Annually, the bank holds its annual Stanbic Mining and Economic Roadshow which is a multi-stakeholder and multisectoral roadshow designed engage the main stakeholders in the industry and supporting industries.
During the event, Stanbic sends its sector experts to Zambia’s mining towns to participate in discussions on issues affecting the industry as well as help create modalities to strengthen the relationship between mining companies, suppliers, government agencies and communities. Its an opportunity for the bank and our group partners to see what is happening on the ground, engage with our clients and impart our views and forecasts of the state of the sector in the context of the wider global economic environment.
Mining has the potential to leave Zambia with a skilled labour force to propel the country’s development and the goal is to help ensure mining remains a viable business in Zambia and that the public benefit from the country’s mineral wealth.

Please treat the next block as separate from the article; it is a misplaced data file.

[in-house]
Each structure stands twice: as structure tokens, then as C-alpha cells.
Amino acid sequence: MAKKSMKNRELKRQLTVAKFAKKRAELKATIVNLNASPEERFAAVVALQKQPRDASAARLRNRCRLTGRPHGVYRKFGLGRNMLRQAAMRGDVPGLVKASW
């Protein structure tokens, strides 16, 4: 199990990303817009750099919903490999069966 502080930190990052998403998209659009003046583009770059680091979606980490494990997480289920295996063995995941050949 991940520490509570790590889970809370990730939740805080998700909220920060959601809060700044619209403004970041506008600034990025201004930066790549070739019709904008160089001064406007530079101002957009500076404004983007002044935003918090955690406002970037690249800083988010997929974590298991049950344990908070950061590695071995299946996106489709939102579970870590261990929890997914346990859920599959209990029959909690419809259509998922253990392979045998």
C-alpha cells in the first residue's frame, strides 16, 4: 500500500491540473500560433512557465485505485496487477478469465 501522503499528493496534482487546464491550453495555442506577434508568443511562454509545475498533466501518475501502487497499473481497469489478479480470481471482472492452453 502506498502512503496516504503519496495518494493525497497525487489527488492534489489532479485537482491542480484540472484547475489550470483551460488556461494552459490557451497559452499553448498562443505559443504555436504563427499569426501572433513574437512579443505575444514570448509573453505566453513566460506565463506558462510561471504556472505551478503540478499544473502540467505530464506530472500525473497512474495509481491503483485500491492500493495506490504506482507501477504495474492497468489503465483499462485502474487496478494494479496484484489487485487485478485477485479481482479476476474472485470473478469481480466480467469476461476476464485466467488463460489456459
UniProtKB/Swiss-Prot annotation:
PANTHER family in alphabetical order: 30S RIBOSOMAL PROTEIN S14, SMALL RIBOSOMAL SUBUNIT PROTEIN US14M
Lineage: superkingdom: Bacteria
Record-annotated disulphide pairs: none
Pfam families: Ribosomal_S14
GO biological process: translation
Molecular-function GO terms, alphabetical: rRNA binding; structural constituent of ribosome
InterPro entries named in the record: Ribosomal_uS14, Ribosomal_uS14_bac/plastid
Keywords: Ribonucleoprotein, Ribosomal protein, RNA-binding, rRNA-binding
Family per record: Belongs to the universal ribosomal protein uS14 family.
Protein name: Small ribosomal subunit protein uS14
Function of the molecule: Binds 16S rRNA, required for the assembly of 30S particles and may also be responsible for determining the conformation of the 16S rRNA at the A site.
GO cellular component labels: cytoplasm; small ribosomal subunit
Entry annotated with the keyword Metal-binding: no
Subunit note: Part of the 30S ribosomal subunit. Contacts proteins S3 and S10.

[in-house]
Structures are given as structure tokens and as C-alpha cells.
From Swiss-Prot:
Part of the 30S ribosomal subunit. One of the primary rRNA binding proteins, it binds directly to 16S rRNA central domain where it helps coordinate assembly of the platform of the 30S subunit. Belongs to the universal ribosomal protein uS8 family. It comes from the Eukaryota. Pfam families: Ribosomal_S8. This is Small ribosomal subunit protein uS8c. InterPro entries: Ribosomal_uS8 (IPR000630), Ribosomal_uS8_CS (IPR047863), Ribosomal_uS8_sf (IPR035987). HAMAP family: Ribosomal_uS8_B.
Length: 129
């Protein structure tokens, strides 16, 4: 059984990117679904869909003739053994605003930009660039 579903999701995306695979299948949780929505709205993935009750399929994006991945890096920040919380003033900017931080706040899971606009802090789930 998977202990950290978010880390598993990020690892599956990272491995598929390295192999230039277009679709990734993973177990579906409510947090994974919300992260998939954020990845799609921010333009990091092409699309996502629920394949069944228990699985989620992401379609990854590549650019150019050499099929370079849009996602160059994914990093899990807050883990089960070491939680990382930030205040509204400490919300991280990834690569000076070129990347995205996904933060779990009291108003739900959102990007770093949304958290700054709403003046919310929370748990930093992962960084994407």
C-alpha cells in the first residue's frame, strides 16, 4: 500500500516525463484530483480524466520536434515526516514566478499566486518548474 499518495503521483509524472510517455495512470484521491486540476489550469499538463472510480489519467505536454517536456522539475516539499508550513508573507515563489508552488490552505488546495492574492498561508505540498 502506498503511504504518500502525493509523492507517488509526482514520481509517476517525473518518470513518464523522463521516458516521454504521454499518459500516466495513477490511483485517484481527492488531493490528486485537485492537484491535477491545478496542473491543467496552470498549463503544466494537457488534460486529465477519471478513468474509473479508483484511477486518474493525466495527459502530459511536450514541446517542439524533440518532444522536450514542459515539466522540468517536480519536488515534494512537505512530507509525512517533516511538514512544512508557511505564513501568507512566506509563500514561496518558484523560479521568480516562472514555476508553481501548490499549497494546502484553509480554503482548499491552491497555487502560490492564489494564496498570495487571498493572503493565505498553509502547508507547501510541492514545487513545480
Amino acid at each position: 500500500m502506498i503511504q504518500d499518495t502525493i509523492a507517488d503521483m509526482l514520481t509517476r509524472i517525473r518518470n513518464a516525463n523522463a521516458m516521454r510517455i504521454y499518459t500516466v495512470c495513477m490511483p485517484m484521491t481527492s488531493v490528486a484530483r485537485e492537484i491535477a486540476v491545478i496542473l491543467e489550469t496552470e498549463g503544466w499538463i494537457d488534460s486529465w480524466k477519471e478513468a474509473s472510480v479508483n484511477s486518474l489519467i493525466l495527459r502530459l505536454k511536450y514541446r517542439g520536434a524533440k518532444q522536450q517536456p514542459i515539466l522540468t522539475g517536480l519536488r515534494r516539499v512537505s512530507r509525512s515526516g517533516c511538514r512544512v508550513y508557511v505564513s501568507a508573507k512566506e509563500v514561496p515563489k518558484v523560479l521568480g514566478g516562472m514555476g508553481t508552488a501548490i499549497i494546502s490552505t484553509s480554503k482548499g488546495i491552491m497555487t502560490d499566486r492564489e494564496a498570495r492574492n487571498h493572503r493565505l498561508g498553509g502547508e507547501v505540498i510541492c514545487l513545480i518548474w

We can achieve this only through intensive training and education both at the grassroot and professional level. As a country, we ought to do more to expose our young people to the opportunities in mining and the value chain to make the sector’s growth and contribution to the economy sustainable.
It is up to everyone to help push this agenda for the good of the country.
As a bank that proudly calls Zambia our home, Stanbic Bank will continue to provide support to the sector at all levels. The bank is committed to developing new ways to help stimulate growth in the mining industry by pushing the boundaries of innovation to deliver quality sector-specific solutions for industry players.